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Posted on February 26, 2020 (5780) By Rabbi Mordechai Kamenetzky | Series: | Level:

There is a common denominator among three prominent vessels that are conspicuously placed in the Mishkan. The Aron Kodesh that contains the Holy Luchos known as The Ten Commandments; the Mizbeach HaZahav, the Golden Altar of Incense; and the shulchan all have one aspect in common. They each are adorned with a “zair zahav” a gold crown that surrounds each vessel. The Jews are first told to make an Ark. “You shall cover it with pure gold, from within, and from without shall you cover it, and you shall make on it a gold crown all around” (Exodus: 25 11).

When they are told to build a golden altar for the incense offering, they are also commanded to make a crown around it. In reference to that altar, the Torah commands: “You shall cover it with pure gold, its roof and its walls all around, and its horns, and you shall make for it a gold crown, all around (Exodus 30:3).But when they are commanded to make the shulchan, the table that holds the lechem hapanim, the showbread, the order to make a crown takes on a different meaning. The Torah calls it more than a crown; it is called a guard.

“You shall make a table of acacia wood, two cubits its length, a cubit its width, and a cubit and a half its height. You shall cover it with pure gold, and you shall make for it a gold crown all around.” The Torah reiterates the command to make a crown, but this time it uses a word that personifies the function of the crown “umisgarto saviv.”

“You shall make for it a border of a handbreadth all around, and you shall make a gold crown to guard it all around” (Exodus 25:25). The crown is more than an ornament for the shulchan; it is a border that embodies the Table.

Why is the crown designated for the shulchan different than the crown that adorns both the ark and the altar? Why does the shulchan need a crown to serve as border, a guard, a misgeres, more than the other vessels?

Reb Dovid of Lelov, a student of the Seer of Lublin, once came to Zelin to visit his friend Rabbi Dovid of Zelin. Hearing that the rabbi of Lelov was visiting him, the Zeliner Rebbe beseeched his wife to bake something special. Alas, the poverty of the couple was dire, and the poor Rebbitzin only had some flour and oil, which she made into biscuits.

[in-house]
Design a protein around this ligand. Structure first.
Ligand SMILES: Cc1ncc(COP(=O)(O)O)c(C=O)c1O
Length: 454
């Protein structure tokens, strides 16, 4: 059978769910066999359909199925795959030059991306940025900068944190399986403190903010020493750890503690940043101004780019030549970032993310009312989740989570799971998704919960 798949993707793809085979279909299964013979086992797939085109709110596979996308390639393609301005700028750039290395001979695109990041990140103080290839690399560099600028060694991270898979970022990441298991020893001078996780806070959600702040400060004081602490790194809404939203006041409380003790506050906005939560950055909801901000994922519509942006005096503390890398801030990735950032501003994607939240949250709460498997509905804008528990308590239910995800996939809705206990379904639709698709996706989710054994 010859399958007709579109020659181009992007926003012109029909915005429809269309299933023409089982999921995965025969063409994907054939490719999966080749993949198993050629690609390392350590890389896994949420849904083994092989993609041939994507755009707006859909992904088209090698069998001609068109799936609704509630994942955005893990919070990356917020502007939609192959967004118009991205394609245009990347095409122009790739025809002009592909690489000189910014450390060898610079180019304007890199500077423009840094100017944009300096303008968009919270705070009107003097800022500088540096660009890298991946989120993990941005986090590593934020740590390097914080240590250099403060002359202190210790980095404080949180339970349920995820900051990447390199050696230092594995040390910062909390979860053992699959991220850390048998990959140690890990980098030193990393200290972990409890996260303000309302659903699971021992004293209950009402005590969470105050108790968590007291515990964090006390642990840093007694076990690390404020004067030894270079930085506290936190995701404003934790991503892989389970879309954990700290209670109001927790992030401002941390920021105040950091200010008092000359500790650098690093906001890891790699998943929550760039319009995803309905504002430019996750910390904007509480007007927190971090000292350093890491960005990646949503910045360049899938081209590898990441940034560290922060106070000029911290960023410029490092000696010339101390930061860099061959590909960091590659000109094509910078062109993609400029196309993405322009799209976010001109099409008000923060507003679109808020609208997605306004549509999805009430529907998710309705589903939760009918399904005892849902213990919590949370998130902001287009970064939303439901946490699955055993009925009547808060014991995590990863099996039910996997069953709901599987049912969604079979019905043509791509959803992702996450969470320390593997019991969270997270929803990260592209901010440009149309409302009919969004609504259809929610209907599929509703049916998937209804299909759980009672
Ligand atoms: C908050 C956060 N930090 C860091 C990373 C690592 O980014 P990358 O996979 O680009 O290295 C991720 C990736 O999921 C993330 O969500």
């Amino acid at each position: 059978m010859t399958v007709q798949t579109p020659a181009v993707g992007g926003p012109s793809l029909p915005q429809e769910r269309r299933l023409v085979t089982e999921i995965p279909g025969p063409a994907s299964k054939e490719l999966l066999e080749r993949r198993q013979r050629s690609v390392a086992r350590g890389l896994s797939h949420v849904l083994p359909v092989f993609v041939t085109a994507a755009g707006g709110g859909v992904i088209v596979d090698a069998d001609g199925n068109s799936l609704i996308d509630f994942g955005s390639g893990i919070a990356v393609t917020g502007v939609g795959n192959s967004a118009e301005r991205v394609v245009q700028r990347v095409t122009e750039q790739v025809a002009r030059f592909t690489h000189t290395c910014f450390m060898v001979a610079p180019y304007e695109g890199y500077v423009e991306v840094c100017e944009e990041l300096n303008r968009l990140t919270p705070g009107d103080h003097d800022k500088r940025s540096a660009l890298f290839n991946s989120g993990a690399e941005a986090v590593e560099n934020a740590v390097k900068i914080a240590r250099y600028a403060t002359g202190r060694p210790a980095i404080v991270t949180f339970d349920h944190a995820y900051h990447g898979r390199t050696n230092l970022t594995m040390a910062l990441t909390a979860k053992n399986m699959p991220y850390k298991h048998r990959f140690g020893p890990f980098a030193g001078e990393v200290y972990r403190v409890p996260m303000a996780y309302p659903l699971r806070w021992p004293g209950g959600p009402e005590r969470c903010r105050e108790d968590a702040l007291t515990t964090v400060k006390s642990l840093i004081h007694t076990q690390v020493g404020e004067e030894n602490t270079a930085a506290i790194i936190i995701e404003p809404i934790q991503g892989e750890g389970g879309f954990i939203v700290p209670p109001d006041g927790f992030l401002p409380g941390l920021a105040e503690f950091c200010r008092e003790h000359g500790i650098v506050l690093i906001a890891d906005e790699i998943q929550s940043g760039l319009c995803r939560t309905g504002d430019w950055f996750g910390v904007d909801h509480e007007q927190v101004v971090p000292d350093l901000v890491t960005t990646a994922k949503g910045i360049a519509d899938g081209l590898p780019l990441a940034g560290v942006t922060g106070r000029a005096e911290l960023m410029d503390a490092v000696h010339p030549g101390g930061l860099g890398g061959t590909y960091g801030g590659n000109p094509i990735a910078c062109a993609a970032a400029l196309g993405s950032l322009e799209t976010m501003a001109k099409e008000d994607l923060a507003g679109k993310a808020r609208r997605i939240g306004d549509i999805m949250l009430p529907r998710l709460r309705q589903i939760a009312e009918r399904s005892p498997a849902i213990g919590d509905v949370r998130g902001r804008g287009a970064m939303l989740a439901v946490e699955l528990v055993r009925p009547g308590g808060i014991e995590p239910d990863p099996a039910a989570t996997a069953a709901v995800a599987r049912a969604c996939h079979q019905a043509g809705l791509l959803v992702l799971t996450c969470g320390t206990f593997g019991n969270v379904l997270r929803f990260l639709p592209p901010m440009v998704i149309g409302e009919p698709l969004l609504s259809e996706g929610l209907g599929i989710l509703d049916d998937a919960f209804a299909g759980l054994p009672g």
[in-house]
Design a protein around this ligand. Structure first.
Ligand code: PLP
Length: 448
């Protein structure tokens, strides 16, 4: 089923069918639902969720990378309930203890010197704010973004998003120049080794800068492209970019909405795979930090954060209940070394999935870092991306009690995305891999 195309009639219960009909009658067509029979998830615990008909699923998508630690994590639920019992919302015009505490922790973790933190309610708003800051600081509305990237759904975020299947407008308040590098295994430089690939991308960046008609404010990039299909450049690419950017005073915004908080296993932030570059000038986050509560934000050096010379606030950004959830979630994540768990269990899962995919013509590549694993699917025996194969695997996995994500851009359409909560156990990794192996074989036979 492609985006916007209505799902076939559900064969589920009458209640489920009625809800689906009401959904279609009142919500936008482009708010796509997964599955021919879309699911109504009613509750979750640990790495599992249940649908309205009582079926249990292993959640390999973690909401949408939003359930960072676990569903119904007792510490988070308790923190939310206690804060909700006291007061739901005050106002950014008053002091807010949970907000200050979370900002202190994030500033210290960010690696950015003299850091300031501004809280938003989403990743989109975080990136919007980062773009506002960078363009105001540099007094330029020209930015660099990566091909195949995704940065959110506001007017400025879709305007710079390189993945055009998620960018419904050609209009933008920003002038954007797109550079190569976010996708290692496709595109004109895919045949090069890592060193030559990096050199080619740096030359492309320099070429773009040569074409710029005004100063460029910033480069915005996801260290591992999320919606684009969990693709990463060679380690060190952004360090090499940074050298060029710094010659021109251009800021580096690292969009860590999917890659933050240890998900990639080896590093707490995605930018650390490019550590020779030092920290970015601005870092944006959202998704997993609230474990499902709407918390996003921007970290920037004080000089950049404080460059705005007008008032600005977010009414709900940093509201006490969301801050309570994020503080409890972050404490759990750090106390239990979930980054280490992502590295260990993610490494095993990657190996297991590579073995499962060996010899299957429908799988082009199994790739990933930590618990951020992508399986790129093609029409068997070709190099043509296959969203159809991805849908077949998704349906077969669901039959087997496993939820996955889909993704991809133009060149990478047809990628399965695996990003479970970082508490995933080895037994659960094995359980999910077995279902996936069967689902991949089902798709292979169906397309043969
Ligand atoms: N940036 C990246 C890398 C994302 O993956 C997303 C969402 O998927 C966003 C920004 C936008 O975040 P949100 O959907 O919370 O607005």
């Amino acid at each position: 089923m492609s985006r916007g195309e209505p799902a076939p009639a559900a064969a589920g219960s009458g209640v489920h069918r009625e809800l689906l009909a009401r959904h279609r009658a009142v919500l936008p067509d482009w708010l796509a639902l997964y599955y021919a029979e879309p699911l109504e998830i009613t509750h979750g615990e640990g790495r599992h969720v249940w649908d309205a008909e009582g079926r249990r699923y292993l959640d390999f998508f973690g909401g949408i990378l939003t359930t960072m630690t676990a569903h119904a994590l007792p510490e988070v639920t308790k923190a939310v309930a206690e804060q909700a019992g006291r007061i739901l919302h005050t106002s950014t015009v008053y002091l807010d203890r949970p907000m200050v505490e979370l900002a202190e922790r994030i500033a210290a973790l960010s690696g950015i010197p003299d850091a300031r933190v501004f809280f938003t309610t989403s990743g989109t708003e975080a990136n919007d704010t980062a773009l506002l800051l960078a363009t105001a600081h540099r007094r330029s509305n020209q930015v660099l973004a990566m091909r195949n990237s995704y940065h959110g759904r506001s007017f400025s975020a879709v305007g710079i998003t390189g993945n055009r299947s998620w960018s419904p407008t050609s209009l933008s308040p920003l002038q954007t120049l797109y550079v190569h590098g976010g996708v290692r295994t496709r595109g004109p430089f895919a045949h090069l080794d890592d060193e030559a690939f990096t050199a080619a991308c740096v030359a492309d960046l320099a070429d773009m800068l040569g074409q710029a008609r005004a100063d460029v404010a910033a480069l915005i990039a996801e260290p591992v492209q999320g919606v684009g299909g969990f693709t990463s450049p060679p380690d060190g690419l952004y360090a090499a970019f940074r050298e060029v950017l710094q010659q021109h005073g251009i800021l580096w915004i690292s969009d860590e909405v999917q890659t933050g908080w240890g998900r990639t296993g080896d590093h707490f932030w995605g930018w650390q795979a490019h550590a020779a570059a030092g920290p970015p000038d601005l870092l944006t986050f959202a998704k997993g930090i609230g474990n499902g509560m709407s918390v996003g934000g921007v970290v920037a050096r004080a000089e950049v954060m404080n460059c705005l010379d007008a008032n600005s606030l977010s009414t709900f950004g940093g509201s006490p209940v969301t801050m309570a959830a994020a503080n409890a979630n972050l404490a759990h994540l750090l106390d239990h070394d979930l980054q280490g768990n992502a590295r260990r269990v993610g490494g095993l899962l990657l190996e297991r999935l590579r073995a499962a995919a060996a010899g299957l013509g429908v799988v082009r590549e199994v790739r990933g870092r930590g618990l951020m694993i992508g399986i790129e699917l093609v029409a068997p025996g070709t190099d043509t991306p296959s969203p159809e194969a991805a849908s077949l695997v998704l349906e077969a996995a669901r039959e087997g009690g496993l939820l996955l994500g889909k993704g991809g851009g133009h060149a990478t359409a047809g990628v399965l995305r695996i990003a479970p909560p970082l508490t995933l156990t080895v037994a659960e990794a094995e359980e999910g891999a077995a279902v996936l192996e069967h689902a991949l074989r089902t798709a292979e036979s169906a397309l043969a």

Upon his first bite, the Rebbe exclaimed in earnest, “These cakes are truly exceptional!”

Knowing the source, the Rebbitzen dismissed the compliments of the bland and meager cakes as an appreciation of the effort. Weeks later, the Rebbitzen of Lelov met the Rebbitzen of Zelin. “You must tell me how you made those biscuits that you served my husband. I have never heard him get excited about food before, yet he did not stop praising the biscuits he ate in your home!”

The Zelin Rebbitzen answered meekly. “There was no recipe. When I heard that the Tzadik of Lelov was coming I realized that I had nothing to serve. Hashem knows that had I the means I would have made him a feast. But, alas, I could not. So I asked him to bestow His great goodness and the flavor of Gan Eden in the biscuits!” “Your prayers were answered,” said the Rebbitzen of Lelov. “He said that they had the taste of Gan Eden!”

The Torah tells us that the Ark, which represents the Torah, should have a crown. When one learns Torah, he creates a crown that surrounds the Ark. The Altar, which represents service of Hashem, has a crown, too. Those who serve Hashem properly merit a crown. It is the crown of avodah.

But when it comes to the table, when it comes to the world of bread and butter, the mundane matters of life, the crown serves a different purpose. The crown of majesty turns a table into a Holy Shulchan! It guards it, surrounds it and ensconces it with an aura of spirituality that converts a simple, mundane meal into a holy feast. That crown is more than an adornment. The Torah calls it a misgeres, a guard, which turns our food from the ordinary into morsels flavored and seasoned by the Almighty.

Rabbi Shaul Kagan, of blessed memory, Rosh Kollel of Pittsburgh, disliked hearing Jews say, “I am going to a party.” “Yidden don’t party!” he used to exclaim. “They gather, they rejoice, and they celebrate in the boundaries of the crown of the Almighty. A royal table should not only be set. It should be crowned! Good Shabbos © 2000 Rabbi Mordechai Kamenetzky

Dedicated by Hedy & Ben Lipschitz and family in memory of Ruth Gleicher (Chaya) Rivka Bas HaRav Yoel o”bm

Condolences to the Bennet, Neuman, and Kest Families upon the loss of Ahron ben Yissochor Benet ob”m

Best wishes to the Berkowitz boys of Baltimore at

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